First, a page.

Iran's Ahmadinejad kissed and scolded in Egypt
By Tom Perry and Yasmine Saleh
CAIRO (Reuters) - Mahmoud Ahmadinejad was both kissed and scolded on Tuesday when he began the first visit to Egypt by an Iranian president since Tehran's 1979 Islamic revolution.
The trip was meant to underline a thaw in relations since Egyptians elected an Islamist head of state, President Mohamed Mursi, last June. But it also highlighted deep theological and geopolitical differences.
Mursi, a member of the Sunni Muslim Brotherhood, kissed Ahmadinejad after he landed at Cairo airport and gave him a red carpet reception with military honors. Ahmadinejad beamed as he shook hands with waiting dignitaries.
But the Shi'ite Iranian leader received a stiff rebuke when he met Egypt's leading Sunni Muslim scholar later at Cairo's historic al-Azhar mosque and university.
Sheikh Ahmed al-Tayeb, head of the 1,000-year-old seat of religious learning, urged Iran to refrain from interfering in Gulf Arab states, to recognize Bahrain as a "sisterly Arab nation" and rejected the extension of Shi'ite Muslim influence in Sunni countries, a statement from al-Azhar said.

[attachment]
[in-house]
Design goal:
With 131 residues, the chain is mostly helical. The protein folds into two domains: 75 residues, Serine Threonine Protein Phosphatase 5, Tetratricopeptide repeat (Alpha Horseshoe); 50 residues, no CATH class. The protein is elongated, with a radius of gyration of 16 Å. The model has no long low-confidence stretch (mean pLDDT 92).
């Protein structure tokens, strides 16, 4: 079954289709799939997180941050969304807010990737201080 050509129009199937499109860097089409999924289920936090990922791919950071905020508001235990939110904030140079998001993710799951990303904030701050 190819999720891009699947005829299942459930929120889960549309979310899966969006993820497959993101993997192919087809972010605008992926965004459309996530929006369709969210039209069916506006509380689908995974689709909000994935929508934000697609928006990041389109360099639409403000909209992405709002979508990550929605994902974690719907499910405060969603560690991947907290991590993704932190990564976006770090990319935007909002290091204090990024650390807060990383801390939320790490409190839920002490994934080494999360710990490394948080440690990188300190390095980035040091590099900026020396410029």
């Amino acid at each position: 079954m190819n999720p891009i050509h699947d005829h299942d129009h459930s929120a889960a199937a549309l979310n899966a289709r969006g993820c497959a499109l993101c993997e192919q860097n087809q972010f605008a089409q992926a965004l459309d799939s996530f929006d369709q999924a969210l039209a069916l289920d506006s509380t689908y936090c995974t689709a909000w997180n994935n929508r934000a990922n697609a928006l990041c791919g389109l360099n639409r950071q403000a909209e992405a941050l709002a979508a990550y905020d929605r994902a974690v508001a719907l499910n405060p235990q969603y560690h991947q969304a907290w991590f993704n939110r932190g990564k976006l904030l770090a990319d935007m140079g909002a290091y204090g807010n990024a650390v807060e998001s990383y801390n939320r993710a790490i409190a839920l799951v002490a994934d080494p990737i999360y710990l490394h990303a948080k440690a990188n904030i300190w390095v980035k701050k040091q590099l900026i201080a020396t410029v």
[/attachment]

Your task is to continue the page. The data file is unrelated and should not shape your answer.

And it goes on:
Visiting Cairo to attend an Islamic summit that begins on Wednesday, Ahmadinejad told a news conference he hoped his trip would be "a new starting point in relations between us".
However, a senior cleric from the Egyptian seminary, Hassan al-Shafai, who appeared alongside him, said the meeting had degenerated into an exchange of theological differences.
"There ensued some misunderstandings on certain issues that could have an effect on the cultural, political and social climate of both countries," Shafai said. Continued...